Apart from China, Arab Muslims wanted to be the first to circumnavigate but they faced challenges. Individual Muslims navigated the Indian Ocean for centuries which helped them master the shifting direction of the moon. Navigating the Indian Ocean made them discover that another sea, south of Africa, was linked to the Indian Ocean. The Arabian Peninsula could not produce wood, resin, iron, and textiles which were the essentials to building a ship. Not having these products gave them the defeat they did not want. Arab Muslims, not having the supplies needed, gave Spaniards an advantage. [Read More]

The Ghost Ship from a Christmas Past

by Sandy Flores-Ruiz, age 17

On Nov. 22, 1912, the Rouse Simmons embarked on its journey from Michigan to Chicago, carrying Christmas trees. However, as families gathered at the port, their anticipation turned to concern when the vessel failed to arrive. The absence of the ship cast a shadow over the hope for Christmas that year. Once full of life, the boat was now on the bottom of the lake.

The Rouse Simmons was a 123-foot ship built in Milwaukee in 1868. Its voyage that day was one of its dozens of tree deliveries. Captain Herman Schuenemann, affectionately known as Captain Santa, led this family business with unparalleled generosity, ferrying Christmas joy from Michigan's Upper Peninsula to Chicago.

Before departure, the captain's daughter sensed that something was wrong. She pleaded with her father to delay or delegate the task, but his determination to bring Christmas prevailed. Despite the ship's unsuitability to weather the formidable storm of the decade—riddled with leaks, rat infestations, and confronting winds raging at 60-80 mph in winter—he assured her of a timely return. Many of his crew members refused to board, so it was estimated that 16 or 23 men were on board. [Read More]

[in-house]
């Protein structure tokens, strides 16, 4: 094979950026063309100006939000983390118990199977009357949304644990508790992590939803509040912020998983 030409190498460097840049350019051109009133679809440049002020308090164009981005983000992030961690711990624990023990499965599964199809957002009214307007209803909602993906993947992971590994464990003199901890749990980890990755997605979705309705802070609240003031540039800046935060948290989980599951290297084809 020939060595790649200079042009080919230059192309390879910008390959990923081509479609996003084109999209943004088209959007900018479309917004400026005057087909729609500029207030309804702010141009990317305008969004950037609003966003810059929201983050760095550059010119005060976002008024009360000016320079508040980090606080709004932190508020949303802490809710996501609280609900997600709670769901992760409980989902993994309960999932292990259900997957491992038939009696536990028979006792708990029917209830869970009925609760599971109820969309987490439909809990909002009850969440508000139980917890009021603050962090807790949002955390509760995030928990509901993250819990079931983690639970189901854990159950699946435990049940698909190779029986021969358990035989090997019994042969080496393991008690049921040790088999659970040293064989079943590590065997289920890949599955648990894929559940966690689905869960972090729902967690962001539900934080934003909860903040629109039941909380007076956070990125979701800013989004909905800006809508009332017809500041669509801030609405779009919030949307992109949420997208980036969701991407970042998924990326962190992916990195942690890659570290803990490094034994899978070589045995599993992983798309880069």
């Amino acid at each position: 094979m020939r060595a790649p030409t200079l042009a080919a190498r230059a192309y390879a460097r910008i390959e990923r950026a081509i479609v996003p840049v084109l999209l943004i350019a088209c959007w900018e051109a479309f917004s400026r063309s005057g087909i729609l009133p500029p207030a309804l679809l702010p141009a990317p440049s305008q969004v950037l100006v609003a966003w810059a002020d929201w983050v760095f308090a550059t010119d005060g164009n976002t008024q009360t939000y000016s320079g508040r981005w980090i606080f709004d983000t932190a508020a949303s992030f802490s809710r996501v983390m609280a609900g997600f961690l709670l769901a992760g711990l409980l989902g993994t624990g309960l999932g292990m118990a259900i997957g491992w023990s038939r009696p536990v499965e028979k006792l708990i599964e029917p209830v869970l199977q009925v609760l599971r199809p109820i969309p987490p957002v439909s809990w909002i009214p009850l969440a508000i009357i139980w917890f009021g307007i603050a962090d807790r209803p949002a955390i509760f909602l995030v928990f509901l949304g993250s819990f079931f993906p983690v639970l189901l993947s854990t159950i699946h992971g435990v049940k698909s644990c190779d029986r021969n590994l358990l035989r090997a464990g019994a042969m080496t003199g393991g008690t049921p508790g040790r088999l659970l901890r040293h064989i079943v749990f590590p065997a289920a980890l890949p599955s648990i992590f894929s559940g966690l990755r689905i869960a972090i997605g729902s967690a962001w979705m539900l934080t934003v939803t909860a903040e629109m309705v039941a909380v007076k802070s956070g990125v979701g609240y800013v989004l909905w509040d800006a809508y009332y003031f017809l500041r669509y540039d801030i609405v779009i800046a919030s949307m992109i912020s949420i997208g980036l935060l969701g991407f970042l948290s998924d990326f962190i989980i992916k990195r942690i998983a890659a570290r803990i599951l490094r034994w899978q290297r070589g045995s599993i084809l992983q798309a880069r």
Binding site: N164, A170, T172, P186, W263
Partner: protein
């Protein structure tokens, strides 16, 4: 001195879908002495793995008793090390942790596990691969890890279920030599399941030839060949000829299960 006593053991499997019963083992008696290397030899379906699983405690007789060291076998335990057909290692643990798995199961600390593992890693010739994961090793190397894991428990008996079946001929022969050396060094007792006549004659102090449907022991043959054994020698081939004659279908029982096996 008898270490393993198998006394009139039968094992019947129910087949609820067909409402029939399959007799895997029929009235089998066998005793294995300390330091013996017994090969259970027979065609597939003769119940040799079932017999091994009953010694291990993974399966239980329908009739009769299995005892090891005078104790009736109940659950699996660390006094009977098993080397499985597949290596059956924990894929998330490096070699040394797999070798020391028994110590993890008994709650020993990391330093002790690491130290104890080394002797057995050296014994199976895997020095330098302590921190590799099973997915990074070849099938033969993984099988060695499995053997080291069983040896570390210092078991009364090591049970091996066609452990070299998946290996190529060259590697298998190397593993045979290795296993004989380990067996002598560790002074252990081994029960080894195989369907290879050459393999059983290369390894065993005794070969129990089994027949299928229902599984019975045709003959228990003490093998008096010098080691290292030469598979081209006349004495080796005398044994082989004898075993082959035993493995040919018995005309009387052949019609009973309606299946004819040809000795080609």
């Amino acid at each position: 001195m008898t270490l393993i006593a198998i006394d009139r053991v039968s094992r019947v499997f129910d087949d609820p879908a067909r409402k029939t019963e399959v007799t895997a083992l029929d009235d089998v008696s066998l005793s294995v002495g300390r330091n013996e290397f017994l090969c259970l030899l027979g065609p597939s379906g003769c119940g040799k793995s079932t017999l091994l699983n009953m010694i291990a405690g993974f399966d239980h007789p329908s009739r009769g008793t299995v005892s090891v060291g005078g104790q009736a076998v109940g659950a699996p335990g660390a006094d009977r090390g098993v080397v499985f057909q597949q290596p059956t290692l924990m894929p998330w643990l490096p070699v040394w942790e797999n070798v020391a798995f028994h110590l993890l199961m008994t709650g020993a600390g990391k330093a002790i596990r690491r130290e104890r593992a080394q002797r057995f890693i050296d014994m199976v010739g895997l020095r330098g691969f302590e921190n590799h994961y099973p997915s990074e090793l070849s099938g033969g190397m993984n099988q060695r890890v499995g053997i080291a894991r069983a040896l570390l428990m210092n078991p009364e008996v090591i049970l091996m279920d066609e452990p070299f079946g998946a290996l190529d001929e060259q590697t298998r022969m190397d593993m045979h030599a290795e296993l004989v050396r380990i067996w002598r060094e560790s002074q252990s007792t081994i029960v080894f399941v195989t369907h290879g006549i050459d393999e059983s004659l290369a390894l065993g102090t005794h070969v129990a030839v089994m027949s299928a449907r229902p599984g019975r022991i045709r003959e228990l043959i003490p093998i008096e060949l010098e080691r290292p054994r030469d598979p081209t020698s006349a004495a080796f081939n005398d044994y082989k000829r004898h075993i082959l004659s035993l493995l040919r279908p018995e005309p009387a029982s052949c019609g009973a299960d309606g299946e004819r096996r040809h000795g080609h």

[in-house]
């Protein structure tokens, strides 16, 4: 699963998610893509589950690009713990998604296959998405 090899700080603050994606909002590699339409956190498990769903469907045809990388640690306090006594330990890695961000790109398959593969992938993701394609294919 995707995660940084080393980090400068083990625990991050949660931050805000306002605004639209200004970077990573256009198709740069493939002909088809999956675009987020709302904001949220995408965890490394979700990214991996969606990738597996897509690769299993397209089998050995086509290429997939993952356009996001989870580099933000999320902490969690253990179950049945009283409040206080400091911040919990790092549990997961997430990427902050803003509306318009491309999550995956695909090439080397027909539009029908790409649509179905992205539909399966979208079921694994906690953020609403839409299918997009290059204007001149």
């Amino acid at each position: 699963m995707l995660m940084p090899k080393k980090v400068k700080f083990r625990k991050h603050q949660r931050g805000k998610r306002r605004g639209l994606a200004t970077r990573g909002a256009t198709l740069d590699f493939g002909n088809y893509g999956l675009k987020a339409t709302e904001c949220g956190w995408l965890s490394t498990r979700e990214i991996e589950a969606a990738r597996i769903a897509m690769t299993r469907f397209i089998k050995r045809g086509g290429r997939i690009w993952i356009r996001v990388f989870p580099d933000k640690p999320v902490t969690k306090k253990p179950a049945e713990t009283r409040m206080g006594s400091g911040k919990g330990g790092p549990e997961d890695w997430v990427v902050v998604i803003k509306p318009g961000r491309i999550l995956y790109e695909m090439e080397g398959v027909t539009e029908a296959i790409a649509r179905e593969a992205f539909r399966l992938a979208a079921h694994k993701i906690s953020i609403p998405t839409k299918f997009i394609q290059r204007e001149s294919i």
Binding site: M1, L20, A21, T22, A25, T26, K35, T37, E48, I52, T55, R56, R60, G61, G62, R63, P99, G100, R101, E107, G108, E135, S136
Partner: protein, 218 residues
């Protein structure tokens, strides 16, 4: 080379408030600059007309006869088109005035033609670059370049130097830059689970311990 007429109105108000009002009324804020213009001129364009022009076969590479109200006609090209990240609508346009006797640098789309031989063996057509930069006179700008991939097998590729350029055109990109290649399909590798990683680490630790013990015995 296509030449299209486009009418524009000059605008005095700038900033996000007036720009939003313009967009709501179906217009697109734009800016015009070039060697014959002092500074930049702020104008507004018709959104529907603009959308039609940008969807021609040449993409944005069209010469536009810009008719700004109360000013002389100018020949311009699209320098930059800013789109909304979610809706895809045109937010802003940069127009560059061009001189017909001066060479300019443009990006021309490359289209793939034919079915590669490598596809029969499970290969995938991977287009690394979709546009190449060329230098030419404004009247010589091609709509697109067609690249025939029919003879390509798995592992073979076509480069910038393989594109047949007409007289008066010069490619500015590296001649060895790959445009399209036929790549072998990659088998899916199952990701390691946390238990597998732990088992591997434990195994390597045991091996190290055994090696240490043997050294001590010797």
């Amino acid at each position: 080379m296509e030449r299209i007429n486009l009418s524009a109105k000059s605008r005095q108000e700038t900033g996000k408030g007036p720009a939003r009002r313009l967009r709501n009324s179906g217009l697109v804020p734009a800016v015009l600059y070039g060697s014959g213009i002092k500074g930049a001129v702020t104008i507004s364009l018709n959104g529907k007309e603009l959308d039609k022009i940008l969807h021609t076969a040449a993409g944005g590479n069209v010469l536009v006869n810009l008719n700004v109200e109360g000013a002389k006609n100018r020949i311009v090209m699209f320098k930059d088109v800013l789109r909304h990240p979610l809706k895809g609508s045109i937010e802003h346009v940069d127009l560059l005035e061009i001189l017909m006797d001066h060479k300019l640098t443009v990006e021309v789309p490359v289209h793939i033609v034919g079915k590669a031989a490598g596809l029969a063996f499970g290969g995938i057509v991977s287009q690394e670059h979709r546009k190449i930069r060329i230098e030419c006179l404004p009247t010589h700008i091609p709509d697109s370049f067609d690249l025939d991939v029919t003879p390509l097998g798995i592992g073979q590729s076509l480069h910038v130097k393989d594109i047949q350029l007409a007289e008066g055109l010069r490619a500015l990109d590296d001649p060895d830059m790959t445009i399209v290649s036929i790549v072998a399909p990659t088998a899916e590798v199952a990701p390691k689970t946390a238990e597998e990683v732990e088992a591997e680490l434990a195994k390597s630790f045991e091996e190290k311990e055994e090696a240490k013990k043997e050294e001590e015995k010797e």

The Journey of Pelé, Brazil's Soccer Maestro

by Edwin Torres, age 12

Pelé has been considered one of the best soccer players in the world by many. He has been the only player to win three World Cups. How did he get the title “Best Soccer Player”? Well, we are going to have to go all the way back to his early life in Brazil.

Pelé, whose actual name was Edson Arantes Do Nascimento, was born in Três Corações, Brazil, on October 23, 1940. Pelé grew up in poverty, and was really passionate about soccer. Since he could not afford a good ball to practice with, he kicked a rolled-up sock stuffed with rags around his neighborhood. The kids in his neighborhood called him “Pele” for no specific reason. He did not like it, but the name stuck to him.

When he was a young teenager, he joined a youth team managed by a former player from Brazil’s soccer team. At age 15, Pelé left his home to join the Santos professional club, which was five hours away. A few months after he joined the club, he scored the first goal of his professional soccer career. The Brazilian national team spotted his spectacular skills on the field, and recruited him to play for the team at the early age of 16. [Read More]

Ray Charles: A Soulful Genius and Pioneer of Musical Innovation

by Atisse Robbins, age 12

Ray Charles was born September 23, 1930, in Albany, Georgia. Ray was a highly influential American musician who left an amazing mark on the music industry.